That November, county records show, Mercer and four associates took oaths of office in Yuma, swearing “before the ever living God” to support the U.S. and Colorado constitutions. The crew included a Mercer son-in-law and three employees with backgrounds in bodyguard work, including the Cuban veteran; a self-described martial arts master; and a former Army Ranger whose LinkedIn page says he once guarded Afghan president Hamid Karzai.

The Cuban, Julio Garcia, had recently accompanied Mercer’s daughter Rebekah to the 2016 Republican convention. Garcia’s LinkedIn page boasts of training by Russian and Vietnamese special operations forces. An essay posted on a martial-arts website says he once served as a bodyguard to Fidel Castro. Garcia declined to comment.

In exchange for a shiny new truck and some other toys, Yuma County’s Sheriff deputized a guy who once guarded Afghan president Hamid Karzai and another man who served as a bodyguard to Fidel Freaking Castro!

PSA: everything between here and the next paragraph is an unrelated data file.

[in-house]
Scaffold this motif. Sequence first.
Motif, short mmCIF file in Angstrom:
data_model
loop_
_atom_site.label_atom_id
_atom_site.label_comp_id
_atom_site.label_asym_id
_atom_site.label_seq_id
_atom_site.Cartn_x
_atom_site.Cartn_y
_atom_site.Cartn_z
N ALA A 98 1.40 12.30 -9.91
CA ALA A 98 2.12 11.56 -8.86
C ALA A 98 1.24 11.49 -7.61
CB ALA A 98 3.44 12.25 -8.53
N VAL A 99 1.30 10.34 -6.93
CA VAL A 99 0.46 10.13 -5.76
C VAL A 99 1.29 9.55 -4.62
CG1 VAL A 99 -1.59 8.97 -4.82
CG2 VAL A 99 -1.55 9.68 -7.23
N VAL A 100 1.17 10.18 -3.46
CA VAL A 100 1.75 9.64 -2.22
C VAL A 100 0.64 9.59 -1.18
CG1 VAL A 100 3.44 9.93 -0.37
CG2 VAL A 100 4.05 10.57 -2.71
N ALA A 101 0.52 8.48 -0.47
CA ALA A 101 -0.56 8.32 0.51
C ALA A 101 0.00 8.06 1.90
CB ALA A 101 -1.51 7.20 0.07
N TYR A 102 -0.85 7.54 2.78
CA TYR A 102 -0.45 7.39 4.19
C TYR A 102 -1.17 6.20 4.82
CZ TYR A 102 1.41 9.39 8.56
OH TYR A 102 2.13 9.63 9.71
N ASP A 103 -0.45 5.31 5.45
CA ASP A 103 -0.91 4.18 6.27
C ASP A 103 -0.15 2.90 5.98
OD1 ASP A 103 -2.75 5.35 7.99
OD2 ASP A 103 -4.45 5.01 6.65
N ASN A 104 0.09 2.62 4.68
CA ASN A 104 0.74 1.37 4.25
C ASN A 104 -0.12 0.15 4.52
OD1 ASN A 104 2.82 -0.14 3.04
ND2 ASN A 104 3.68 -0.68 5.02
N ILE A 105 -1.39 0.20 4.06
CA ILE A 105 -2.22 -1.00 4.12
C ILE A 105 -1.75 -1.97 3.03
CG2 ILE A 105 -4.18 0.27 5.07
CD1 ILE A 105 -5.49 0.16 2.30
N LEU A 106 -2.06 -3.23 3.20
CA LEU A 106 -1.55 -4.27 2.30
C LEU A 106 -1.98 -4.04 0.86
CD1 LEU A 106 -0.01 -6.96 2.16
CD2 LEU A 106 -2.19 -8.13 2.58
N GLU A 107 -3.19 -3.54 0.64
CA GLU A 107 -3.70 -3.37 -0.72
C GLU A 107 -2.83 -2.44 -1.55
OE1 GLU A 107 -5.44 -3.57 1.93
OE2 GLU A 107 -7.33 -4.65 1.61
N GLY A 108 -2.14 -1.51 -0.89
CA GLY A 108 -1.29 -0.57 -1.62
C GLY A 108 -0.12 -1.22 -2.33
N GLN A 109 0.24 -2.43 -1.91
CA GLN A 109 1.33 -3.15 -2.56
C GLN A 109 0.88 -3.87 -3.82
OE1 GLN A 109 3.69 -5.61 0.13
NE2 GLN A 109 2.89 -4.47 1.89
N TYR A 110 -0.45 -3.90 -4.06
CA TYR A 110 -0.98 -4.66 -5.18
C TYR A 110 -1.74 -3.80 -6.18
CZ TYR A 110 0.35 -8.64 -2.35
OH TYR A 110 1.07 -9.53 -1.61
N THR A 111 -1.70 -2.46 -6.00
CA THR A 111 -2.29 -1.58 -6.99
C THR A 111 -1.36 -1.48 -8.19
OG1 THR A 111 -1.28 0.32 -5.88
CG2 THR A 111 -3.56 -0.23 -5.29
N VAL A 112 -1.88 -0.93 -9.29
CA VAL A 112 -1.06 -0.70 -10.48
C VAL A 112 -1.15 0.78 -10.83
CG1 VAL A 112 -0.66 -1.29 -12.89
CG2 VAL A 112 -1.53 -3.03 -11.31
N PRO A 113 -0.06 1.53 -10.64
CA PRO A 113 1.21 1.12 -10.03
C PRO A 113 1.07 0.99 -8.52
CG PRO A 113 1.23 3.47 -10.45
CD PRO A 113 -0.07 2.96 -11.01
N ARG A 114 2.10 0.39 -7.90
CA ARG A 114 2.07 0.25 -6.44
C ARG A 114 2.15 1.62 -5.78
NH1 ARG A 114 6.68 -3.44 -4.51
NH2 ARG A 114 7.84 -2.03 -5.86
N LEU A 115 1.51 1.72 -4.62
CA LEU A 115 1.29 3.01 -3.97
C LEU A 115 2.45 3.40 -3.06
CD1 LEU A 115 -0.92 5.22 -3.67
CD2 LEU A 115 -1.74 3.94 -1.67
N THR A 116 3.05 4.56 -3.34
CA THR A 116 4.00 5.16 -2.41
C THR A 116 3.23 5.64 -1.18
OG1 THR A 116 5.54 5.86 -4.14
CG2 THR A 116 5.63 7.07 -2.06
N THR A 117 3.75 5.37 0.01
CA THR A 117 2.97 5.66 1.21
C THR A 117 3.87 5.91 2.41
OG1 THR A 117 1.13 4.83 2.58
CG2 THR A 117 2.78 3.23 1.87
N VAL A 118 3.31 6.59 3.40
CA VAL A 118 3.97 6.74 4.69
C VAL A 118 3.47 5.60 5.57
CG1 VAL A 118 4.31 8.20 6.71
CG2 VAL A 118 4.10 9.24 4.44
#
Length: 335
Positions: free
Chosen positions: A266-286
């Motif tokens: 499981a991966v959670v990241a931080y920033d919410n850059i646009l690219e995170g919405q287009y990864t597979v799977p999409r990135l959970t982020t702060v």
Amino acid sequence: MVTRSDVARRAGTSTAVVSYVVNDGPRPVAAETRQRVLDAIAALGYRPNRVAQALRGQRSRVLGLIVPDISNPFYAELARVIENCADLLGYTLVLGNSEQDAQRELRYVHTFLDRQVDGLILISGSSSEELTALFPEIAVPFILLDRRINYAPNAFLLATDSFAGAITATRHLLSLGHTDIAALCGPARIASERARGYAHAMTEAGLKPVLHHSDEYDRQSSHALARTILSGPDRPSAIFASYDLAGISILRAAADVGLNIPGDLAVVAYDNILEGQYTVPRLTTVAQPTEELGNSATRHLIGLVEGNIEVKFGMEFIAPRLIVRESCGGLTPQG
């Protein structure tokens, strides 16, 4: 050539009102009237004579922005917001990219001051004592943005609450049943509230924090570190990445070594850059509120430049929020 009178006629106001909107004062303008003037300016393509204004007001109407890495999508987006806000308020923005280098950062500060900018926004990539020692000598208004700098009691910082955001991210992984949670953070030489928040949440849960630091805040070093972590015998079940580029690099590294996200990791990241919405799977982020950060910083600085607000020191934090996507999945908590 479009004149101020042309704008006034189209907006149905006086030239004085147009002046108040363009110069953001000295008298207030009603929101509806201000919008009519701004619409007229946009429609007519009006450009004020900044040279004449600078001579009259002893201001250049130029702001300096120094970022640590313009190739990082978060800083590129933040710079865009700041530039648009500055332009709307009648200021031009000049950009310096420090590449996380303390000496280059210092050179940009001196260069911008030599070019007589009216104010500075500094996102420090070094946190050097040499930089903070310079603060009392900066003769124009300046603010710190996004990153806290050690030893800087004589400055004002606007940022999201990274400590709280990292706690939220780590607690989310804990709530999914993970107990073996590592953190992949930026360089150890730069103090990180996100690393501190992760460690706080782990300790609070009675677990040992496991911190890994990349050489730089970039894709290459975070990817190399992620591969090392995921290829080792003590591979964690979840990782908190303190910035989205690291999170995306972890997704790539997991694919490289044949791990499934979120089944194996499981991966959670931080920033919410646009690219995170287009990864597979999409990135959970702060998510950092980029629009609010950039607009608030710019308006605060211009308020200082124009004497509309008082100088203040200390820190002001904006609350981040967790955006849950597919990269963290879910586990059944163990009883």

Viva la revolución, Yuma County.

While Shutdown Rages, Cory Gardner Raises

American Bridge alerts the world to a fundraiser that took place a short while ago this morning in Washington, D.C. in support of Sen. Cory Gardner of Colorado hosted by the ubiquitous Denver-headquartered law firm of Brownstein Hyatt Farber Schreck:

A tracker from Bridge caught Gardner headed into the “undisclosed location”:

Needless to say the optics of Gardner holding a high-dollar D.C. fundraiser while federal employees in Colorado file for unemployment and the first missed payday for hundreds of thousands more cross the nation rapidly approaches are extremely poor, and undermines his credibility after nominally breaking with President Donald Trump over the shutdown. Every day the shutdown drags on now, Gardner proves himself ineffective at the one thing a majority of Colorado voters might value: persuading fellow his Republicans to do the right thing. Meanwhile, the Republican base fumes.

And when Gardner is cashing checks instead of taking every possible action to force a vote on reopening the government, he’s simply part of the problem–and he doesn’t deserve the praise he got a week ago.

Senator Owen Hill: Poetry Critic

(Promoted by Colorado Pols)

Sen. Owen Hill (R).

UPDATE: Senator Hill replied with a statement at the end of this post.